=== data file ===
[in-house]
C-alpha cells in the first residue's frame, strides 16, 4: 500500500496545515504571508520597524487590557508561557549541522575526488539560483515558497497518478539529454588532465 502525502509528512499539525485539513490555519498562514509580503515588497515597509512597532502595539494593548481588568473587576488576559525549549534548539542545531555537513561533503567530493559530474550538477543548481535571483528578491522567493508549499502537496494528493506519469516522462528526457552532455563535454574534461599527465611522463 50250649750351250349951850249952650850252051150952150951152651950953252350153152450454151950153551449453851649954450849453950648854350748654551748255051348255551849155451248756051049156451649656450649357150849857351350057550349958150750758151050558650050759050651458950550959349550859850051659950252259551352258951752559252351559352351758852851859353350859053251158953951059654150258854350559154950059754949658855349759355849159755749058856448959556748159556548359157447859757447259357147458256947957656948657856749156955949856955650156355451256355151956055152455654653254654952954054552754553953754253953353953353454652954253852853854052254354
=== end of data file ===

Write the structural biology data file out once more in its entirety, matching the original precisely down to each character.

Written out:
[in-house]
C-alpha cells in the first residue's frame, strides 16, 4: 500500500496545515504571508520597524487590557508561557549541522575526488539560483515558497497518478539529454588532465 502525502509528512499539525485539513490555519498562514509580503515588497515597509512597532502595539494593548481588568473587576488576559525549549534548539542545531555537513561533503567530493559530474550538477543548481535571483528578491522567493508549499502537496494528493506519469516522462528526457552532455563535454574534461599527465611522463 50250649750351250349951850249952650850252051150952150951152651950953252350153152450454151950153551449453851649954450849453950648854350748654551748255051348255551849155451248756051049156451649656450649357150849857351350057550349958150750758151050558650050759050651458950550959349550859850051659950252259551352258951752559252351559352351758852851859353350859053251158953951059654150258854350559154950059754949658855349759355849159755749058856448959556748159556548359157447859757447259357147458256947957656948657856749156955949856955650156355451256355151956055152455654653254654952954054552754553953754253953353953353454652954253852853854052254354